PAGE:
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Carbon from thawing permafrost released to the atmosphere at a higher rate than thought

Carbon from thawing permafrost released to the atmosphere at a higher rate than thought

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Ecoss researchers show that more carbon is being released from thawed permafrost than previously thought. A new paper published this month in Nature Geoscience introduces a new way to track soil carbon in permafrost, which changes the understanding of how environmental change influences ecosystem carbon storage. The experiment builds on a long-term permafrost tundra warming study Schuur and collaborators are doing in Alaska.

Read the publication here and the NAU news story here.

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Thawing permafrost affects plant and soils in tundra ecosystems, and ultimately the storage of carbon in permafrost soils. The surface of tundra subsides as ice in permafrost melts and drains. This can mask the loss of soil carbon through time that occurs as a result of soil microbial activity converting soil organic matter into greenhouse gases carbon dioxide and methane. Accounting for ground subsidence as a result of thaw revealed that substantial quantities of soil carbon were loss both directly to the atmosphere as carbon dioxide, but also dissolve in water that drained from this site. Soil carbon loss from permafrost ecosystems that ends up in the atmosphere at greenhouse gases can ultimately accelerate climate change.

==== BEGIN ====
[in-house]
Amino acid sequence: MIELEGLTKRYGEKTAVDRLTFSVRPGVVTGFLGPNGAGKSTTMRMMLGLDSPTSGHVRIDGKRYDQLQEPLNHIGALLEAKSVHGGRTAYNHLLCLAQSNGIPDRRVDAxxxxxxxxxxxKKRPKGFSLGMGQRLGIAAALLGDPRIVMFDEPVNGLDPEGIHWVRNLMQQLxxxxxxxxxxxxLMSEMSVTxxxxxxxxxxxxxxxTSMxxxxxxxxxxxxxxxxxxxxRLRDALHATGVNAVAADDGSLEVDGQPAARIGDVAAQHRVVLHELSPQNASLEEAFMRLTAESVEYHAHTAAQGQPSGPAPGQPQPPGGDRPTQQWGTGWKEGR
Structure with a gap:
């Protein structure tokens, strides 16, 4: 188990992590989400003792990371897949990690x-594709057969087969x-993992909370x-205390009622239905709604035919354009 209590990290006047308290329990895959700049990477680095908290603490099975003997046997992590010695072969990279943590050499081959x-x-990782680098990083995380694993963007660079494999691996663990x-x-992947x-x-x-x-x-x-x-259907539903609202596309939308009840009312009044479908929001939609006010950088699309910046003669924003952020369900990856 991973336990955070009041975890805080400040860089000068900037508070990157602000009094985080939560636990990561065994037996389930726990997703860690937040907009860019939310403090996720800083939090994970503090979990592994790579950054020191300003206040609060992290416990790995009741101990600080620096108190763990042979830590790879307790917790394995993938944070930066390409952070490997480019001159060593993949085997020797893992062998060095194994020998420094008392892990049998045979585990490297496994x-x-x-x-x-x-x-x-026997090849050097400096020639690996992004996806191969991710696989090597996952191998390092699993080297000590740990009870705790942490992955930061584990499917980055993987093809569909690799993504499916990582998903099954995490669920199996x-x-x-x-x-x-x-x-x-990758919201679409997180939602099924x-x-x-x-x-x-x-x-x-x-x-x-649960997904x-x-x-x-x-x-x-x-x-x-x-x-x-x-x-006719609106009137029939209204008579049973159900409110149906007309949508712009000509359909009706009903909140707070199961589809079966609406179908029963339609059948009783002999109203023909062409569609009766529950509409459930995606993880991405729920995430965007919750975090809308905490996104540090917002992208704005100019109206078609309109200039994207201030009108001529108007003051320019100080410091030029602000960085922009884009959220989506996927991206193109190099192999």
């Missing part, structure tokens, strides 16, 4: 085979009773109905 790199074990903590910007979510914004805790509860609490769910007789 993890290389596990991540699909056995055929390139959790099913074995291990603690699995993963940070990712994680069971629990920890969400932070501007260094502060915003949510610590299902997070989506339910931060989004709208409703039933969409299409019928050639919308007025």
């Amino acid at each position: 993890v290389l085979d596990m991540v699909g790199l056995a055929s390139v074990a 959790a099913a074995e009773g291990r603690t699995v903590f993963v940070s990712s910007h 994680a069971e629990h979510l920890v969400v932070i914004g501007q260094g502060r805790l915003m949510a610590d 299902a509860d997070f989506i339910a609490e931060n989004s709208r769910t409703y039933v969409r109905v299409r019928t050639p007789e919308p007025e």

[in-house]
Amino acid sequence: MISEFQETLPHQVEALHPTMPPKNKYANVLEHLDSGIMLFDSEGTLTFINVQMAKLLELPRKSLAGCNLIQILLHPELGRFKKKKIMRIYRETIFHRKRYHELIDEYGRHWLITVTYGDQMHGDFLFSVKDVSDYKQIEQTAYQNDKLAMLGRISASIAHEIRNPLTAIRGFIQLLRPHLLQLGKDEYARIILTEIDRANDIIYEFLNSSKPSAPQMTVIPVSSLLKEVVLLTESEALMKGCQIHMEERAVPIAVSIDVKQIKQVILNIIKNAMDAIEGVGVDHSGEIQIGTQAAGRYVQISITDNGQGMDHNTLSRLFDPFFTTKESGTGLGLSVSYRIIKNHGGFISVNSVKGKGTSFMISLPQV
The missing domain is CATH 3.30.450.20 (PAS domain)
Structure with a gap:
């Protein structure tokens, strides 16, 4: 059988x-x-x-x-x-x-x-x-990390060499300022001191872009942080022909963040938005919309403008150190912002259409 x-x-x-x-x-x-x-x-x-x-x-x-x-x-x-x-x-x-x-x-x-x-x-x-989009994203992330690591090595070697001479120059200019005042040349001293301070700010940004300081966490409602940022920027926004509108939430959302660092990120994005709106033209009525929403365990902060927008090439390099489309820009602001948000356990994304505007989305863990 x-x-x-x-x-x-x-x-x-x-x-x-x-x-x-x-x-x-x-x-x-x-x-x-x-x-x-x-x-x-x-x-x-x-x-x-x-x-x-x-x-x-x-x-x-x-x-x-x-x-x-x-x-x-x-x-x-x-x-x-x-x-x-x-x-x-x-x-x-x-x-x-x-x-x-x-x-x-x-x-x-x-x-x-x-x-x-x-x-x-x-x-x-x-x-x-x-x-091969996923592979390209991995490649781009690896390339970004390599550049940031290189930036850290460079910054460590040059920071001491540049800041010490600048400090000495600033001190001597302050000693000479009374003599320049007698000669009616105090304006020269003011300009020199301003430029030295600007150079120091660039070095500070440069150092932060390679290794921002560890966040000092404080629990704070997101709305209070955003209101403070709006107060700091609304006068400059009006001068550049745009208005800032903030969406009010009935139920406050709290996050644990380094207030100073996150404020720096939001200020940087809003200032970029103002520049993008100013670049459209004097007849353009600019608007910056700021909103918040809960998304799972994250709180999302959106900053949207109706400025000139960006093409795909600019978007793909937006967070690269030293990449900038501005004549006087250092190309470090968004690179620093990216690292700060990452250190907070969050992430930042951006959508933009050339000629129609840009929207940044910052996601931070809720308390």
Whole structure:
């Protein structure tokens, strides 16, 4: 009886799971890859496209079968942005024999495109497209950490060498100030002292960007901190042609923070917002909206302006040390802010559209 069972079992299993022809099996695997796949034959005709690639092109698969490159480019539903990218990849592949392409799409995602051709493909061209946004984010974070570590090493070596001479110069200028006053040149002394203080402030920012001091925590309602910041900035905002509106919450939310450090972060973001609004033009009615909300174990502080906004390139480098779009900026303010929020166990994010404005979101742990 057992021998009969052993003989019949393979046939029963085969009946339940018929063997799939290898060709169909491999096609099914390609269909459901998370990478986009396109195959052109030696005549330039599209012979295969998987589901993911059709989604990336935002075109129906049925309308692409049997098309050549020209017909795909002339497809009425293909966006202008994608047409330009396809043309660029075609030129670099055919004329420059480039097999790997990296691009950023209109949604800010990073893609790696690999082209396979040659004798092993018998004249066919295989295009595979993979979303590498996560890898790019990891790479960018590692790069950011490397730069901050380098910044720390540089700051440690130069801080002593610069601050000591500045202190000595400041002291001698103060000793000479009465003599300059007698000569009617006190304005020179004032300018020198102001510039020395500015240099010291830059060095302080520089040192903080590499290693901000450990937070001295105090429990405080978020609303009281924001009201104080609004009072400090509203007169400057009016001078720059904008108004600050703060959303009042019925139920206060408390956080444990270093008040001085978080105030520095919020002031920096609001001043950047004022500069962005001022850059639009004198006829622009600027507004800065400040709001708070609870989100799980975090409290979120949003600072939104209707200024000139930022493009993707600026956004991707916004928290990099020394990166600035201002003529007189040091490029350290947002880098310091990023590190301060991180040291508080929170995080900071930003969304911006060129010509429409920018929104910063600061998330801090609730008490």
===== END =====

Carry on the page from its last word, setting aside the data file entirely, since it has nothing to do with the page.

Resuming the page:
Credit:  Victor O. Leshyk, Center for Ecosystem Science and Society, Northern Arizona University